What about using Tauck's insurance program?

Hi,

I thought I'd start a new thread regarding this. Much like booking air, I typically like to purchase my own trip cancellation policies. I see that Tauck's plan includes the cost of airfare (of course, you can simply figure in the cost of air in the total trip cost for any policy). Has anyone used Tauck's insurance and would recommend it (or not)? Where most of these travel / cruise plans seem to be lacking is the low amount assigned to medical and (especially) emergency evacuation costs. I have an upcoming cruise for which, even though I purchased the company cruise protection plan, I also want to purchase an additional secondary policy utilizing zero as a total trip cost but that will still provide the benefits of the higher medical and evac costs. It didn't occur to me that you can do this until I talked to a rep at a well-known trip insurance website.

Thanks again,
Keith

Comments

  • edited January 2017
    We always take Tauck insurance, but I thought you had to buy it whenever you book the tour. I don't think you can add it later but you should ask, it might be that you can get the insurance within a ten day window. . If you travel a lot, it might be worth you taking a general annual travel insurance and also check any coverage on your credit cards. I've never taken a regular ocean cruise, they don't appeal to me at all, so I cannot comment about travel insurance on those.
    As you obviously need to ask lots of questions, I suggest you book with Tauck directly in the future and avoid the go between. Or find an agent that regularly books people on Tauck tours and likely to be more knowledgeable in Tauck's product
  • We don't usually take insurance (only bought it once). After 10 trips and being in good health, the savings have pretty much paid for a trip at this point, so if we had to write one off we'd just about break even. However, I understand if health considerations and risk aversion prompt you to buy insurance. I have looked at it. Here's some comments:

    British is right. You had to buy Tauck insurance when you booked, if you wanted it. I think you did, but I'm not sure if "the company" refers to Tauck.

    If you look at Tauck's cancellation policy (which varies by tour), if you cancel before the tour starts and don't have coverage, you may only lose part of the tour cost. So the actual benefit may not be that great if you cancel before the tour. On cruise tours (like the one you're on), you may be on the hook for part of the cost, even if you buy the coverage from Tauck. For example, if you cancel less than 45 days before the cruise, you're still out 50% of the cost! Read the details under the "Before you go" section on cancellations. If I were buying trip insurance for a Tauck cruise, I'd go to a third party to get full coverage.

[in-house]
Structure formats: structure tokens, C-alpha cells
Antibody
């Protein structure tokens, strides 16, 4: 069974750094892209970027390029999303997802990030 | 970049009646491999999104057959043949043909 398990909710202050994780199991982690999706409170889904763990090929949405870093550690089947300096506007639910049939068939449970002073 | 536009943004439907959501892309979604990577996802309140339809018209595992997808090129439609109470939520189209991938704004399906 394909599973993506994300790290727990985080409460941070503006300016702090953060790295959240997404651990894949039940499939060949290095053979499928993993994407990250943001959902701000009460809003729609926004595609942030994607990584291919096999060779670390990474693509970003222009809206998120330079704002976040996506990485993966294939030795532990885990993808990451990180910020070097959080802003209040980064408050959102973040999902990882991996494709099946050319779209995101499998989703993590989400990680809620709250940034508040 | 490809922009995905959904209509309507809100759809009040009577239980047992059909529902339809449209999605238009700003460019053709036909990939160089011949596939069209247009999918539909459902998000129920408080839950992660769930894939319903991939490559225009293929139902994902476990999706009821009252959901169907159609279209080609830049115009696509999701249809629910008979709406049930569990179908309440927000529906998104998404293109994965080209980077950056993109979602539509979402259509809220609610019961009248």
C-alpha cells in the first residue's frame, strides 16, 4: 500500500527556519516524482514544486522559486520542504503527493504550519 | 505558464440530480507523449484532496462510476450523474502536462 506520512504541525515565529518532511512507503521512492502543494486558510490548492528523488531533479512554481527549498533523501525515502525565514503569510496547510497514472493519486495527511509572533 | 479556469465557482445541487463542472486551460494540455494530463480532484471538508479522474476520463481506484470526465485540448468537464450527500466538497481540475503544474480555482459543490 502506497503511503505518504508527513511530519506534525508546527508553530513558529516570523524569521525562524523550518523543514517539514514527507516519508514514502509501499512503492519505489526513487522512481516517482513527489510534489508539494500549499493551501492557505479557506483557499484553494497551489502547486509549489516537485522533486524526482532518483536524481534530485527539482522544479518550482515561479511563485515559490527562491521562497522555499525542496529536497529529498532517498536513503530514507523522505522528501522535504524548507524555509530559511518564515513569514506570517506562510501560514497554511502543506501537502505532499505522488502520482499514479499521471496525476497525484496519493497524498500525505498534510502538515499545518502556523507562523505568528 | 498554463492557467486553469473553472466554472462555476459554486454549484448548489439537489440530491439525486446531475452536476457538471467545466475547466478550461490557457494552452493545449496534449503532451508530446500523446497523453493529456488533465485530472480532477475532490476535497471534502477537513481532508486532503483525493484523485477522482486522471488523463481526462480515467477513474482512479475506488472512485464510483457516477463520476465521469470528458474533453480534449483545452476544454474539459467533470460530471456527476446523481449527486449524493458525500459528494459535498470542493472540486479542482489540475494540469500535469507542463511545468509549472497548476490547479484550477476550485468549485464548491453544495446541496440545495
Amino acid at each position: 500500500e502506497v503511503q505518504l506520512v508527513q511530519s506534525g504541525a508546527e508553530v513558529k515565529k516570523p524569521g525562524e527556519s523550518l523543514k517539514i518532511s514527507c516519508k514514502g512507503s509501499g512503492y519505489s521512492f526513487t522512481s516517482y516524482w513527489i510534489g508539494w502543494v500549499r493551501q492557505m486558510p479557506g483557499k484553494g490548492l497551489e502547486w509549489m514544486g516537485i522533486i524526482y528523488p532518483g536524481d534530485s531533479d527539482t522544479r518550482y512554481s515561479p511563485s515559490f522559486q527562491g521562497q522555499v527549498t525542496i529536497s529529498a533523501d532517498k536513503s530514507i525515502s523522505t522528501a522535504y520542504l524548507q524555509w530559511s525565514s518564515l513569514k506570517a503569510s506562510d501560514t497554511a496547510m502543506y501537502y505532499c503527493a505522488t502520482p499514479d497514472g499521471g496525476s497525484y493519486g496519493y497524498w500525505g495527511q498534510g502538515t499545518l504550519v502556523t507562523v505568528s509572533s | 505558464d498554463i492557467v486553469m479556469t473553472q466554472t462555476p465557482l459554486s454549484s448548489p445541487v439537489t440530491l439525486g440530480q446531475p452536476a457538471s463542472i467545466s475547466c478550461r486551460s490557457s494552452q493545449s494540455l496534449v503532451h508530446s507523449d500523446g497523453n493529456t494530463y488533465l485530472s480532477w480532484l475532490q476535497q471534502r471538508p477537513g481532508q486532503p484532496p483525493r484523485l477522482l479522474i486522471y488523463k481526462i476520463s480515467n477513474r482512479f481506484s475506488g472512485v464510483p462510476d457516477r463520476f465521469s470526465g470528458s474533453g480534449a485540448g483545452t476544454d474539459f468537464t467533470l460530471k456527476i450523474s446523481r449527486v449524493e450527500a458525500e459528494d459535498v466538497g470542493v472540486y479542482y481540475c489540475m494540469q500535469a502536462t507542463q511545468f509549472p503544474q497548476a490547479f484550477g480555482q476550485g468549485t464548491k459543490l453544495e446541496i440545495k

Many European countries that have socialized medicine offer free emergency health care to visitors, as long as it's not a pre-existing condition. So additional health coverage may not be needed. Check guidebooks for the countries you're visiting for more information.

    If you just want medical evacuation insurance, Medjet Assist offers this coverage ala carte. However, in Europe I think you'd just want to receive care locally, in most cases.

    It's not clear to me if they cover your airfare if you cancel. It's clear that they cover the cost of a new flight if you trip is interrupted, but it doesn't appear to me that you're covered for cancellation. Check with Tauck on this.
  • But Ken, your screen name, you must be a gambler? : ) not everyone is.

    The Guest Protection Plan, like many travel insurance polices has exclusions, deductibles, and fine print. Unfortunately, these days, two of the biggest exclusions, "Acts of War" and "Civil Unrest," are more likely.

    From what I have heard and experienced, however, Tauck provides one of the best policies. We used it and it more than paid for itself for several trips. It can be especially helpful if you book your own flights and have a "covered" situation. Not all reasons for cancellation are covered by any policy.